You know the feeling when you finish a novel that kind of let's you down in the end? Or when you watch a movie that kind of trails off in a murky, undramatic way? It leaves me uneasy, like all that time invested didn't add up to a resonant, relevant truth. I get the same feeling as a teacher, when a reading or writing unit ends with a culminating piece of work that puts a hard stop on what was learned—rather than leaving students open to the future of the work. When students are leaders of their own learning lives they become owners of their own learning and are able to also see each other as instructional resources too. The result of this is that students begin to not only elevate the growth within themselves, but also elevate the potential in one another.
I thought about what I could do to help students fully incorporate what they’d learned, and I realized that whatever it was, it had to involve students articulating their successes and biggest take-away for themselves, in their own unique way. Then, because I wanted the experience to tilt toward ongoing, future learning, I realized it would be powerful if students taught their peers. In so doing, they would have an authentic reason for reflecting on what they learned, and a purpose for framing it for others to benefit from as well. So, my class and I planned an Ed-Camp, and it was an empowering experience. Students designed their own “mini-courses” that fellow learners signed up for, based on their interests. Below are the steps we took, and I hope it will inspire you to also give it a try! It is a powerful way to reinforce the idea that we all continue to apply our new skills, develop our thinking, and pursue topics long after the unit ends.
First, I described the Ed Camp concept, and I asked them to begin to think about what they might want to teach others. Students made these choices through careful reflection thinking about what they saw as their strengths throughout their reading and writing unit and made a list of these. I let students know that their class could be about some aspect of reading and/or writing, or it might be focused on something more general, like nurturing a learner’s mindset (see below example called Planting and Nurturing). Learners then used their reflections and self-observations and wrote “mini-course” blurbs on sticky notes, and we displayed them all for the rest of the class to see.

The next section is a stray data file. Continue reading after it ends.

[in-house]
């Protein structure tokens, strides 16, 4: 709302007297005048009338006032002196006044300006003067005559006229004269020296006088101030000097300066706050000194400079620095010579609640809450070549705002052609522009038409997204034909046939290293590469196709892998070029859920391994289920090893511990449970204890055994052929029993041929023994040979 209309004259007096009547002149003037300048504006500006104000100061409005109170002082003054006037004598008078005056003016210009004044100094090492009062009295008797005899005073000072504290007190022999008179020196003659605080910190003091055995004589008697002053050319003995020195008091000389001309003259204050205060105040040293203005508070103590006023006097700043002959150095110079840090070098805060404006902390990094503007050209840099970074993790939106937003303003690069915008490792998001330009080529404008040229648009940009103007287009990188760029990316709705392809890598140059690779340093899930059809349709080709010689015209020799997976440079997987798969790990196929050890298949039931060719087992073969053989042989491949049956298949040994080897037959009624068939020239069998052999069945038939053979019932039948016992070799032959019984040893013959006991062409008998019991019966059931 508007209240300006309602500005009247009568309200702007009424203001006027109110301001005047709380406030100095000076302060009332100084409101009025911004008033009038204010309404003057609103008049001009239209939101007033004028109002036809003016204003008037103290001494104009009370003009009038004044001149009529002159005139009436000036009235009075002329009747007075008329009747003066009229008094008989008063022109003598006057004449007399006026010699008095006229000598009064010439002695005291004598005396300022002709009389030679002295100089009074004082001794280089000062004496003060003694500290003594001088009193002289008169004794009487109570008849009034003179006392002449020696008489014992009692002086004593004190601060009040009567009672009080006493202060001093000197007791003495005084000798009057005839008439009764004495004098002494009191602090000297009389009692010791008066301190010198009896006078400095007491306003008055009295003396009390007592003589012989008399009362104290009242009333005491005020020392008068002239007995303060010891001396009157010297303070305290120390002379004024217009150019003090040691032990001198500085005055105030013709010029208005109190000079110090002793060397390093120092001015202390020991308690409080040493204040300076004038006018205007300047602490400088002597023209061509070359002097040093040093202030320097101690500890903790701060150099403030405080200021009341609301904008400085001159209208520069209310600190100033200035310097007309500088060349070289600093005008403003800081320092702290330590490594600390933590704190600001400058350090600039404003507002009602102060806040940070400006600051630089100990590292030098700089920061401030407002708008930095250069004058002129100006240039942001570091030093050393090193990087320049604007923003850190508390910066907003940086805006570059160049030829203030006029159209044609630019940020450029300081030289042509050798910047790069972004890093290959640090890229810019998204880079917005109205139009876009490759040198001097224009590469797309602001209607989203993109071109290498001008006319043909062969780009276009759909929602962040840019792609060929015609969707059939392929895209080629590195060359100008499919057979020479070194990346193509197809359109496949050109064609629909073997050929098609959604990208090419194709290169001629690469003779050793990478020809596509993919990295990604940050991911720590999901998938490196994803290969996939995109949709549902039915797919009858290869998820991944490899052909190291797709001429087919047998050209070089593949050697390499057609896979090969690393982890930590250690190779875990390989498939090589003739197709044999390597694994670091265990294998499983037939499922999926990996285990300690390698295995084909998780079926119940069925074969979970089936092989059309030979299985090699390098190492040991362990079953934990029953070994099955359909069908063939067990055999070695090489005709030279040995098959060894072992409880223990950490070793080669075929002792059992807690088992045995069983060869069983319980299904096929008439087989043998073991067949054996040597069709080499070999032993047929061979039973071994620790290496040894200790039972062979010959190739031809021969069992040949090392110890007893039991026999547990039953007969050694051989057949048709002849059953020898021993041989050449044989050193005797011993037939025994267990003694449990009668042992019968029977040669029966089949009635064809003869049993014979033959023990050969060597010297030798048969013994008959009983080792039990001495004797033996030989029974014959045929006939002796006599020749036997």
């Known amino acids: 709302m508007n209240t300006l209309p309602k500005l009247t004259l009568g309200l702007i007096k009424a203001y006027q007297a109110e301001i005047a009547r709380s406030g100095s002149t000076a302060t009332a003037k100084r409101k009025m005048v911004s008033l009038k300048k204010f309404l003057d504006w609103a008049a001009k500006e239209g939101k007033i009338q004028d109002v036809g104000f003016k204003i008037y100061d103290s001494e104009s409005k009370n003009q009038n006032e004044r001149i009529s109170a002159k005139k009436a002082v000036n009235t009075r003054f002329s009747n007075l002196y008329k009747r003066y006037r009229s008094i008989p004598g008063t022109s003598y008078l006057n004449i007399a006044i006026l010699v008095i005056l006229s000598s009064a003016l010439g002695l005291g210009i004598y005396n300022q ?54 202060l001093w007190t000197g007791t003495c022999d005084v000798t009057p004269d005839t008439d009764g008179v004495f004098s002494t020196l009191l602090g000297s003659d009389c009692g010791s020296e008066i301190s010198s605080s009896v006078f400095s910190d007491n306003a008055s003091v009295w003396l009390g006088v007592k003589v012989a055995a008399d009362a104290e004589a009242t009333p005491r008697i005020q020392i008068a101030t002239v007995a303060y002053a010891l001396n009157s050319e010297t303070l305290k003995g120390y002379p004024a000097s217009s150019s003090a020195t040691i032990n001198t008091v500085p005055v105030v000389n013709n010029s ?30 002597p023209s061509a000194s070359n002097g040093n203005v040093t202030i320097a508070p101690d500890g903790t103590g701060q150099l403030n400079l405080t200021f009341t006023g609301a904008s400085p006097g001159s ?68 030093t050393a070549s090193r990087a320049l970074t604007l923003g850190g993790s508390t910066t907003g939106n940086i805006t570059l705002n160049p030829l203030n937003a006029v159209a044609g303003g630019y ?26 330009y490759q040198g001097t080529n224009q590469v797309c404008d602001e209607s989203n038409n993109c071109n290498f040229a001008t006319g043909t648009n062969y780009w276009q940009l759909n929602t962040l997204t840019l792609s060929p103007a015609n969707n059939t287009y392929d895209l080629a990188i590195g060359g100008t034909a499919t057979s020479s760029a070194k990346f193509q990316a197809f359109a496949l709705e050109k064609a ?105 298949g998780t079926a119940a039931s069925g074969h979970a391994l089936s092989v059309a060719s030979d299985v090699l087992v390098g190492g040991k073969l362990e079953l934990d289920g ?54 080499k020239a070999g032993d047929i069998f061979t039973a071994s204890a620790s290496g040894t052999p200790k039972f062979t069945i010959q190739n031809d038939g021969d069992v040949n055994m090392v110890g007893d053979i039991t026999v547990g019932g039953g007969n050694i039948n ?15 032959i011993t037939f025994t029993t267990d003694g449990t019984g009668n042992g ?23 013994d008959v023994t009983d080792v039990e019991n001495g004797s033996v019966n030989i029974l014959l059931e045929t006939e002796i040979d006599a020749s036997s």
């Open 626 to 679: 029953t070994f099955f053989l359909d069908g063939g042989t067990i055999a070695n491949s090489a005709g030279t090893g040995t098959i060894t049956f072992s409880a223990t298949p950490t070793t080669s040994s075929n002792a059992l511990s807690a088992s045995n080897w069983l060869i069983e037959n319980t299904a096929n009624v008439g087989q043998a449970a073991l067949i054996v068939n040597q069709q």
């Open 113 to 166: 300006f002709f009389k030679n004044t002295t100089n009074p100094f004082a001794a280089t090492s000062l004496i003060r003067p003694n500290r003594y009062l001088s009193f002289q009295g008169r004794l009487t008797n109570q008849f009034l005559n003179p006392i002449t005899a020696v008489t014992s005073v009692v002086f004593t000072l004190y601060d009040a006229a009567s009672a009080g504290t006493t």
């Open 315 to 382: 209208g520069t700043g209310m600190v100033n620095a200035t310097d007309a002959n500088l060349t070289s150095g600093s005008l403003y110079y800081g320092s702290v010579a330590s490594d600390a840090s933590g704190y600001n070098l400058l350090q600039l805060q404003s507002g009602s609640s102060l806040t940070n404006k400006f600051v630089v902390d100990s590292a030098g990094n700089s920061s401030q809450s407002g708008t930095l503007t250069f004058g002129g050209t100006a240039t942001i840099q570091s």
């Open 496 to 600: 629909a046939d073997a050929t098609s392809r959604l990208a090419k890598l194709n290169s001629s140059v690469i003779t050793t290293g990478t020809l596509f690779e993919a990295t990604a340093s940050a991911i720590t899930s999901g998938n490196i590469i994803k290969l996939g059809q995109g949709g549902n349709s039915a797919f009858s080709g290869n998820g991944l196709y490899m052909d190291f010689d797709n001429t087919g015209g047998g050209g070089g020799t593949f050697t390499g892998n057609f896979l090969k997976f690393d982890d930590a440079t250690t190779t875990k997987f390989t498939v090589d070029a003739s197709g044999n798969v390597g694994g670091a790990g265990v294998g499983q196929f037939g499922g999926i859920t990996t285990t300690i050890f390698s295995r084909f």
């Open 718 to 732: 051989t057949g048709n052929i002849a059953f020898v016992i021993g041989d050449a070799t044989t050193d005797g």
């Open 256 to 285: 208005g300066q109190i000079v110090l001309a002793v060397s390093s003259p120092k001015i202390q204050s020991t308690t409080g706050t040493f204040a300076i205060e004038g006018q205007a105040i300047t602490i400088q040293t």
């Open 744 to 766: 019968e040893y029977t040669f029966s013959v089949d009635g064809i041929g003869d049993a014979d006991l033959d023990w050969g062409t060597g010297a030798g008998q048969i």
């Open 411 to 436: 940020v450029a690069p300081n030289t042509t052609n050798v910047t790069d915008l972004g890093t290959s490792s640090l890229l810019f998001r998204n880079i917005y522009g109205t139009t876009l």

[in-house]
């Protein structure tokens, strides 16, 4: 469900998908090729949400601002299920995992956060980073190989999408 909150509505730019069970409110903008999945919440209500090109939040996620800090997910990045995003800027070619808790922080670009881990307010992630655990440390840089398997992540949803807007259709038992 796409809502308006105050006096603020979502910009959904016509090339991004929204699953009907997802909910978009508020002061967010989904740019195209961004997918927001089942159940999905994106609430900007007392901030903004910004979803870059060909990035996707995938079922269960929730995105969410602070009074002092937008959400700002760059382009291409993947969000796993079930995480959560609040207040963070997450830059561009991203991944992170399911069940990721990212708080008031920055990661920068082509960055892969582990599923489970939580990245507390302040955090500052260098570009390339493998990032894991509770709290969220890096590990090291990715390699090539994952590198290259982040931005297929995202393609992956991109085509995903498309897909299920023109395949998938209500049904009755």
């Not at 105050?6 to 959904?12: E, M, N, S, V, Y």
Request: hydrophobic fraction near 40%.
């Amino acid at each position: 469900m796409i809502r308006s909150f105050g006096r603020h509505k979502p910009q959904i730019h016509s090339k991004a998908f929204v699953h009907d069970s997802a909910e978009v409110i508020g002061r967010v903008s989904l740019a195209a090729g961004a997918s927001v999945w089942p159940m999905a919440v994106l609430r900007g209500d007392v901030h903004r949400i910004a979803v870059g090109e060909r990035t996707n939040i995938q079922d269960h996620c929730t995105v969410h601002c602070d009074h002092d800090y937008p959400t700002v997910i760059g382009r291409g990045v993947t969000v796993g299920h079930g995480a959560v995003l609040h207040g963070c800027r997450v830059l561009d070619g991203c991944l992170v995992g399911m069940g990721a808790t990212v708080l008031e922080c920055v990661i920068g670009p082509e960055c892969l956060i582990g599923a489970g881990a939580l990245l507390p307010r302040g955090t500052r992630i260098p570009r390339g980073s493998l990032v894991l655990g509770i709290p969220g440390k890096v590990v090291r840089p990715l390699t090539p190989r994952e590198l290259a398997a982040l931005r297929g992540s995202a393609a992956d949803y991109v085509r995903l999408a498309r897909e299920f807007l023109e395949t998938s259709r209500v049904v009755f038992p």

Days 2 & 3
In the next two days, learners used a planning form to explain what their reading/writing sessions would be about and how they planned on teaching it. This part of the process helped learners begin to plan thoughtful ways in which they wanted to model and engage their peers. It got them to think about the message or strategy they wanted to convey, and the best way to teach this to others.
Days 4 & 5
Students had two days to visit the Ed Camp offerings board and make choices about which classes they wanted to attend. They jotted down the course names they planned on visiting in their notebooks
Next, students attended the sessions of their choice and took notes while they were learning from their peers. I circulated around as students worked, and guided them to document what the lesson focus was and their takeaways.
At the end of each mini-course, learners shared out their questions or curiosities and engaged in a vibrant discussion surrounding their thoughts and takeaways. This allowed learners to synthesize what was shared during the session and provided the peer teacher a chance to clarify or further explain if needed.
The Benefits of a Student-Led Ed-Camp